Use this URL to cite or link to this record in EThOS: http://ethos.bl.uk/OrderDetails.do?uin=uk.bl.ethos.685282
Title: Genetic mapping of rooting in rice : exploiting a high throughput phenotyping in plants
Author: Islam, Mohammad Sayedul
ISNI:       0000 0004 5914 4850
Awarding Body: University of Aberdeen
Current Institution: University of Aberdeen
Date of Award: 2016
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Abstract:
Meeting future demands of food security will require enhanced rice production that is more environmentally sustainable. To achieve this it is important to know the genetic and molecular mechanism controlling the root traits. High throughput phenotyping which can keep pace with genotyping is needed, but for many researchers this needs to be cheap as well as meaningful. Here a very simple, low cost and reliable method of assessing root depth of seedling using a layer of diuron-soaked filter paper buried 25 cm deep in a soil-filled box has been developed which is suitable for screening of hundreds of accessions. The assumption is that deep-rooting plants die quicker. This method was then used to screen five established rice panels. Deep rooted cultivars were screened from a panel of an aus panel from IRRI and a panel of Brazilian and Japanese cultivars by using this method. Root QTLs were detected by using bi-parental mapping population and GWA study was performed in two panels, the rice diversity panel (RDP-1) and Bengal Assam Association Population. Assessing 139 RILs from Bala x Azucena bi-parental population revealed heritability of 55% for herbicide symptoms where eleven QTLs were detected, many of which were co-localised with previously reported root QTLs in this population. A GWA study was performed using RDP1) of 356 accessions with 44k SNP markers. Analysis revealed 17% of phenotypic variation of herbicide score was attributable to rice sub-population where the aus showed the deepest rooting systems. A number of QTLs have been identified and a number of positional candidate gene lists were produced. A further 298 cultivars from Bengal and Assam were screened and GWA was performed using 2 M SNP database available from sequencing. ANOVA revealed 37% variation for herbicide score explained by genotype. Soil-filled rhizotron were used to assess 12 of these cultivars, revealing strong xx correlations between deep root traits and herbicide score, confirming the reliability of this method. GWA revealed a number of significant SNPs associated with the traits in this population. Finally a set of mutant gene (LOC_Os09g31478, LOC_Os05g40330, LOC_Os11g34140) which are functional candidate gene for root growth QTLs were studied. Here hydroponic phenotypic screening approach were used to identify the T-DNA mutant lines. However, no convincing mutants were revealed. The herbicide screening method has been shown to be a quick and robust system for the assessment of deep rooting rice plants in soil. This method can now be used for screening large number of cultivars and the identification of QTLs and candidate genes.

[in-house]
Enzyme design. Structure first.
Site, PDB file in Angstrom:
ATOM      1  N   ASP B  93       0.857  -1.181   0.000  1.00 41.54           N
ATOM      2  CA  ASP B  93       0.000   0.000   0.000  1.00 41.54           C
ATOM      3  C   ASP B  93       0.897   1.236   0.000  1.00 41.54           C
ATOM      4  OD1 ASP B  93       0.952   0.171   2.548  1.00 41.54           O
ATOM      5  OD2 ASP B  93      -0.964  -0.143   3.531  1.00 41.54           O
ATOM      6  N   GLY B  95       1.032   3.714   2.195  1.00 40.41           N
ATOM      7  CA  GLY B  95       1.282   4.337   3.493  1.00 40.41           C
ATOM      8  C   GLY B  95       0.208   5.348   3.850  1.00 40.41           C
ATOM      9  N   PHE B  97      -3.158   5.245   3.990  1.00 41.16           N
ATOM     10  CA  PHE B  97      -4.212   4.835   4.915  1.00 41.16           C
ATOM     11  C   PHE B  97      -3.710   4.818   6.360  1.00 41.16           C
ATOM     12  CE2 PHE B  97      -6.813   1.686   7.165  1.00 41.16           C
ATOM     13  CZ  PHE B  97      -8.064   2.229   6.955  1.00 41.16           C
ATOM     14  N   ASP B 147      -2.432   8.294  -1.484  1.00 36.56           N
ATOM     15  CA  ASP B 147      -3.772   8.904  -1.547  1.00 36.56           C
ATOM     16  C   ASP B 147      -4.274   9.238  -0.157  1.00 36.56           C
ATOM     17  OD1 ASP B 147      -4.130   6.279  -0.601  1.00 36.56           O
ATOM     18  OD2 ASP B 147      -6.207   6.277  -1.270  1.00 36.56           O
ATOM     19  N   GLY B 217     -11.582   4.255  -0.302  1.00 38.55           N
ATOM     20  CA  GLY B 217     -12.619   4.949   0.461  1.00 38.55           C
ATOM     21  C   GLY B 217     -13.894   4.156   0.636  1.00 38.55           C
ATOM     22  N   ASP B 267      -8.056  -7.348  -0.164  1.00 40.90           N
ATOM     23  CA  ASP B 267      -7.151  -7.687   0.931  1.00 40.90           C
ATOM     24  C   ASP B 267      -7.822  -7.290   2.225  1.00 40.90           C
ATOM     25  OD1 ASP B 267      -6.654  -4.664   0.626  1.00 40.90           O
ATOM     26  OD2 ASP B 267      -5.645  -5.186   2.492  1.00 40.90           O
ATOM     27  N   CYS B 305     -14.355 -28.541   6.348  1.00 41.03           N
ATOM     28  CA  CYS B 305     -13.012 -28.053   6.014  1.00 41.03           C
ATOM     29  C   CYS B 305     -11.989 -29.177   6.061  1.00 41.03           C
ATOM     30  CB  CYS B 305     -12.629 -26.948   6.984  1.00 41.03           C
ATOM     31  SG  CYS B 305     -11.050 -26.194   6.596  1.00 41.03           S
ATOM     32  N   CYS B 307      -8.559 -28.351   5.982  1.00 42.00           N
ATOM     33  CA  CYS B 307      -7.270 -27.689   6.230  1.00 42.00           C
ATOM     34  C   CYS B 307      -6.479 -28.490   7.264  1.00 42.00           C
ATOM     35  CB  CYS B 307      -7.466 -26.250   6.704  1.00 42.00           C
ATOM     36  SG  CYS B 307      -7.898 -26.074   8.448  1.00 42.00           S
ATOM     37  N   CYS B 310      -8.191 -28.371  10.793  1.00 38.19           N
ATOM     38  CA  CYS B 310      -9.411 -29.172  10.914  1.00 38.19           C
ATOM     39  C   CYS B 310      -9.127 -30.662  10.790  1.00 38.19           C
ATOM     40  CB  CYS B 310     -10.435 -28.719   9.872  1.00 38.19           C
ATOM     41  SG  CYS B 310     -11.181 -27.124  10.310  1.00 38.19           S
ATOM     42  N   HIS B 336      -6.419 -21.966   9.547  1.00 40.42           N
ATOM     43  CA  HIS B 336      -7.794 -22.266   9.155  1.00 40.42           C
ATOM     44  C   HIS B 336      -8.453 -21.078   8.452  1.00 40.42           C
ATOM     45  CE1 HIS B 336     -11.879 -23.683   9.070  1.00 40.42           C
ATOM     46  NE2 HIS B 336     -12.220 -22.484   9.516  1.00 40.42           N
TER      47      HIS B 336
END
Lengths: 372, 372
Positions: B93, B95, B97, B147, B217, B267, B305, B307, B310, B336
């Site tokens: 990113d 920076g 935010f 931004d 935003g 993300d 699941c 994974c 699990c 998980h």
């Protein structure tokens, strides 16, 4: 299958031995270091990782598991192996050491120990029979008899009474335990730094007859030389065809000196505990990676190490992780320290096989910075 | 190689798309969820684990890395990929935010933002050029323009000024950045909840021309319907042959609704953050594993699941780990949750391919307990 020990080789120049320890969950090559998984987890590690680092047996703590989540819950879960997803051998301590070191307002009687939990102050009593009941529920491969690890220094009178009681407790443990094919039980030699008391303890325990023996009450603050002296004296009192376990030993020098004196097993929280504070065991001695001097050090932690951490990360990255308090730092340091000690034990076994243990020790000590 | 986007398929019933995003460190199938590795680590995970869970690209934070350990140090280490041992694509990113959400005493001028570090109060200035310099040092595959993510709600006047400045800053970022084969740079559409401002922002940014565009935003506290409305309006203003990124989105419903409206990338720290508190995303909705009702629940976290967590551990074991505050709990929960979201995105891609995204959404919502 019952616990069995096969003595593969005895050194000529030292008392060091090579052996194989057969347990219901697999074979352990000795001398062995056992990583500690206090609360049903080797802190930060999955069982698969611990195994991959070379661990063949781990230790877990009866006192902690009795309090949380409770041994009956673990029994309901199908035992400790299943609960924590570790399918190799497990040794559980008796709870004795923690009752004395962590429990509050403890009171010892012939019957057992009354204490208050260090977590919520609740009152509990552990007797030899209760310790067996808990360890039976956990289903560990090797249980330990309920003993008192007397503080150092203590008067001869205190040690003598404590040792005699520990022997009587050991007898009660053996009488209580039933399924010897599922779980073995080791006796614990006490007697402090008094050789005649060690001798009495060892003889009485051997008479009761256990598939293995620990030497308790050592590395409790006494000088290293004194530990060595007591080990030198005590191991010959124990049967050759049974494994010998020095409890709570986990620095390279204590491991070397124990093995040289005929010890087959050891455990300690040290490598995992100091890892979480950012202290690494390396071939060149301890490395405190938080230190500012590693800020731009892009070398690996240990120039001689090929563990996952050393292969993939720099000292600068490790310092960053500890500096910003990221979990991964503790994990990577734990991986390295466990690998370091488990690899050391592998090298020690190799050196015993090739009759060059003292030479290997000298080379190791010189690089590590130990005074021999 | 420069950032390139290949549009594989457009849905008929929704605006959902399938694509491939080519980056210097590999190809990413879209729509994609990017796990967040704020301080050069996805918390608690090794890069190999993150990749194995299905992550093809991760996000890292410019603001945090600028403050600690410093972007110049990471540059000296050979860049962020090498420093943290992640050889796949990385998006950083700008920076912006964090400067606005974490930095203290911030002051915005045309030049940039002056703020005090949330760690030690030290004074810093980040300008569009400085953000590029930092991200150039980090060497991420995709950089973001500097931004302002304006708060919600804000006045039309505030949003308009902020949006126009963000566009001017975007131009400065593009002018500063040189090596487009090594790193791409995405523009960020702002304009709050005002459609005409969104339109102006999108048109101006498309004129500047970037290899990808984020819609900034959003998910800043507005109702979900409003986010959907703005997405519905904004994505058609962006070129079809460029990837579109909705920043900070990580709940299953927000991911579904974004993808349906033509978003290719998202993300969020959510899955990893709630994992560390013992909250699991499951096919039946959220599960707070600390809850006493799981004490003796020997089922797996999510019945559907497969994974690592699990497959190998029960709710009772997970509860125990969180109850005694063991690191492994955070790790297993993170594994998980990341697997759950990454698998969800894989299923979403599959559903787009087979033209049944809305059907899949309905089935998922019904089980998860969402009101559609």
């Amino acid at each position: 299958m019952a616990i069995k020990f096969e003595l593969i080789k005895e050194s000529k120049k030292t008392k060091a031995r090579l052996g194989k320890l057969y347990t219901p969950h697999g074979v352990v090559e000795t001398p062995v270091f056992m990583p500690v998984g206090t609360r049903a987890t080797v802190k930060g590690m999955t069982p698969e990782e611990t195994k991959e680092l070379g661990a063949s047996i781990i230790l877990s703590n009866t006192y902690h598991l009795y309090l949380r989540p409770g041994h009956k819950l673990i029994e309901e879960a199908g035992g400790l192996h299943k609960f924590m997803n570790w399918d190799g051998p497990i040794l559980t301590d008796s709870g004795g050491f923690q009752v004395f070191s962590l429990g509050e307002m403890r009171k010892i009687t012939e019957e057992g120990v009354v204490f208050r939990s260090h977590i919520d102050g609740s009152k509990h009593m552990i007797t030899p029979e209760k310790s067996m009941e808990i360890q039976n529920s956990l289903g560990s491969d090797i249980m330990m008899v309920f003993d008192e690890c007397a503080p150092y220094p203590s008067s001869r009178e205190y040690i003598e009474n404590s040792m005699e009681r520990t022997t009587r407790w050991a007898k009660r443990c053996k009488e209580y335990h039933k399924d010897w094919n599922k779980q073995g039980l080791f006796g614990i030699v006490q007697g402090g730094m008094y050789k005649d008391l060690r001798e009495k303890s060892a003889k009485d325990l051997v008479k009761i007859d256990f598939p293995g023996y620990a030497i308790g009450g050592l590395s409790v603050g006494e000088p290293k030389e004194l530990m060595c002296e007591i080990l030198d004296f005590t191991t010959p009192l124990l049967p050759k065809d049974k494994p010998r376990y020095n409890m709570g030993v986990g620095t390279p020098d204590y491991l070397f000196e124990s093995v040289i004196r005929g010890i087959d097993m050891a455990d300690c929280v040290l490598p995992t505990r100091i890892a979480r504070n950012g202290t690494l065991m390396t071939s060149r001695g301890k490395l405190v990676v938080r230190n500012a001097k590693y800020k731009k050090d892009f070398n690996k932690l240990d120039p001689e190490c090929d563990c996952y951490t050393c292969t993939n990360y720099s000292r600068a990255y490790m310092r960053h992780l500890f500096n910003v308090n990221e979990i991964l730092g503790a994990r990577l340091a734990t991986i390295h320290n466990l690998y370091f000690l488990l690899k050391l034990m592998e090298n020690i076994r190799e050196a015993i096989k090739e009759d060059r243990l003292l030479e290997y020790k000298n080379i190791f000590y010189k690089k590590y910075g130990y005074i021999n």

Supervisor: Not available Sponsor: Ministry of Science and Technology ; Government of the People's Republic of Bangladesh
Qualification Name: Thesis (Ph.D.) Qualification Level: Doctoral
EThOS ID: uk.bl.ethos.685282  DOI: Not available
Keywords: Plant genome mapping ; Rice
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